Sensitivities to polycationic peptides and EDTA were compared in Yersinia enterocolitica pathogenic and environmental biogroups. As shown by changes in permeability to the fluorescent hydrophobic probe N-phenylnaphthylamine (NPN), the outer membranes (OMs) of pathogenic and environmental strains grown at 26 degrees C in standard broth were more resistant to poly-L-lysine, poly-L-ornithine, melittin, cecropin P1, polymyxin B, and EDTA than Escherichia coli OMs. At 37 degrees C, OMs of pathogenic biogroups were resistant to EDTA and polycations and OMs of environmental strains were resistant to EDTA whereas E. coli OMs were sensitive to both EDTA and polycations. Similar results were found when testing deoxycholate sensitivity after polycation exposure or when isogenic pairs with or without virulence plasmid pYV were compared. With bacteria grown without Ca++ available, OM permeability to NPN was drastically increased in pathogenic but not in environmental strains or E. coli. Under these conditions, OMs of pYV+ and pYV- cells showed small differences in NPN permeability but differences in polycation sensitivity could not be detected by fluorimetry. O:1,6 (environmental type) lipopolysaccharide (LPS), but not O:3 or O:8 LPS, was markedly rough at 37 degrees C, and this could explain the differences in polycation sensitivity. LPSs from serotypes O:3 and O:8 grown at 37 degrees C were more permeable to NPN than O:1,6 LPS, and O:8 LPS was resistant to polycation-induced permeabilization. These data suggest that LPSs relate to some but not all the OM differences described. It is hypothesized that the different OM properties of environmental and pathogenic biogroups reflect the adaptation of the latter biogroups to pathogenicity.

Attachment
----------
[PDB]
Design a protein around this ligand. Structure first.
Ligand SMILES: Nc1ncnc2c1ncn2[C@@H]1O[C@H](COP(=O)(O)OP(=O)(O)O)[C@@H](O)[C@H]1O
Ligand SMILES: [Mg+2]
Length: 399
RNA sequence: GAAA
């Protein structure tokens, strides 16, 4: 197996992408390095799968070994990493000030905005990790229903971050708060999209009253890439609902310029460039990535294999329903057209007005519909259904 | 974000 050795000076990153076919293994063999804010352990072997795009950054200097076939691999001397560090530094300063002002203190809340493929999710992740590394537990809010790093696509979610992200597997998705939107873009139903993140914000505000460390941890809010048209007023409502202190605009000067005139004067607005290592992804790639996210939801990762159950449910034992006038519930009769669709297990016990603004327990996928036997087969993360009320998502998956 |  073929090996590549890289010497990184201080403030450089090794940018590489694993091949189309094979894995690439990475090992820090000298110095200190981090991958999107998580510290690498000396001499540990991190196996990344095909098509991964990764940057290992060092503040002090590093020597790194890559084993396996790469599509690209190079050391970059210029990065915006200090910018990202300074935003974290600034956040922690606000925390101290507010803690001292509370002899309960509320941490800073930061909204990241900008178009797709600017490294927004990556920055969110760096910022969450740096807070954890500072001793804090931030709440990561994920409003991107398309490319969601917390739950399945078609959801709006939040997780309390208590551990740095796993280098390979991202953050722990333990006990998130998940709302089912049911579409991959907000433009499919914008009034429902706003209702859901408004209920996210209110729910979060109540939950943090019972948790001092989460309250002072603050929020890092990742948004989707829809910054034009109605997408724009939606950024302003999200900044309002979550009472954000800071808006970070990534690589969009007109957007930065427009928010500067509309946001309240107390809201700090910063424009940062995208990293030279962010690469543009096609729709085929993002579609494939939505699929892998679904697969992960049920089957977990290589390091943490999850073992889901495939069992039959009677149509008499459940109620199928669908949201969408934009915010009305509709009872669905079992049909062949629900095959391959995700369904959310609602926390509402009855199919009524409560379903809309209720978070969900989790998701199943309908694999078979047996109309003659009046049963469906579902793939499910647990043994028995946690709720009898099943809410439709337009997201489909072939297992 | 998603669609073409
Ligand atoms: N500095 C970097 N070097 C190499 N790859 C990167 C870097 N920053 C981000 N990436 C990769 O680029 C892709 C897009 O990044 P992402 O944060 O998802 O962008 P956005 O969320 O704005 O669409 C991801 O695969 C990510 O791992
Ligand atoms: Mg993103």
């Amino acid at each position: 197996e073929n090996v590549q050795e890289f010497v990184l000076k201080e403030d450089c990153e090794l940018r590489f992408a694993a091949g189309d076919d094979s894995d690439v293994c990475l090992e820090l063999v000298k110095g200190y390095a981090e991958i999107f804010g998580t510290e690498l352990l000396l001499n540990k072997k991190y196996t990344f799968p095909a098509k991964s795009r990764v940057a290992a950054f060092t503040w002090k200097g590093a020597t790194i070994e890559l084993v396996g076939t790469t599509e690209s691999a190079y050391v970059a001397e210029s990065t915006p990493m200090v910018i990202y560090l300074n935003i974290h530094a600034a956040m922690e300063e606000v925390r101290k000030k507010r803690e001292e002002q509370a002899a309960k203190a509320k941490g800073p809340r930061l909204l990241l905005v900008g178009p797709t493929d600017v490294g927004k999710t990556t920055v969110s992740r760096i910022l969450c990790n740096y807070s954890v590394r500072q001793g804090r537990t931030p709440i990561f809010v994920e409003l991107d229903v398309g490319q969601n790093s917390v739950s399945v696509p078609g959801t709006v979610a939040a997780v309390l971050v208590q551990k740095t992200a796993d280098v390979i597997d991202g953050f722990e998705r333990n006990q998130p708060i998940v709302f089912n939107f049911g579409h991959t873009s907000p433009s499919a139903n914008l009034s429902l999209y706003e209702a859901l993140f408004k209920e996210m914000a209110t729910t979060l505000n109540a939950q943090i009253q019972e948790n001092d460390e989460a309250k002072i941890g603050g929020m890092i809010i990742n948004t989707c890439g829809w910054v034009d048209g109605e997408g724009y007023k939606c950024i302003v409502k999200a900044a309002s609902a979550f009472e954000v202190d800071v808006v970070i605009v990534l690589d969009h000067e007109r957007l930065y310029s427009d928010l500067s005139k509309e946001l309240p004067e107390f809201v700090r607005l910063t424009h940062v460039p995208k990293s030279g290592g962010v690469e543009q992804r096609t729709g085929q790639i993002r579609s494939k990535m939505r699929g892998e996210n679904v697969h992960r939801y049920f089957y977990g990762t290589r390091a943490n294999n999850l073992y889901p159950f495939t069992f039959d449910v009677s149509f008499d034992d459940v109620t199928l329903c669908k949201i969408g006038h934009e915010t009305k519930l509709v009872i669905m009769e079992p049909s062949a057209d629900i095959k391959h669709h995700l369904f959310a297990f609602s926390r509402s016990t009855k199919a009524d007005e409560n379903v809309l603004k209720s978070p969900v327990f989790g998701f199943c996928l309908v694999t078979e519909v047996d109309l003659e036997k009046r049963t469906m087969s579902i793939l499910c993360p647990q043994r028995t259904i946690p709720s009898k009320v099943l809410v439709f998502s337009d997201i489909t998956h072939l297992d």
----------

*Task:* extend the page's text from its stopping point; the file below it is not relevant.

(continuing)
|Number of pages||9|
|Journal||Infection and Immunity|
|Publication status||Published - 1996|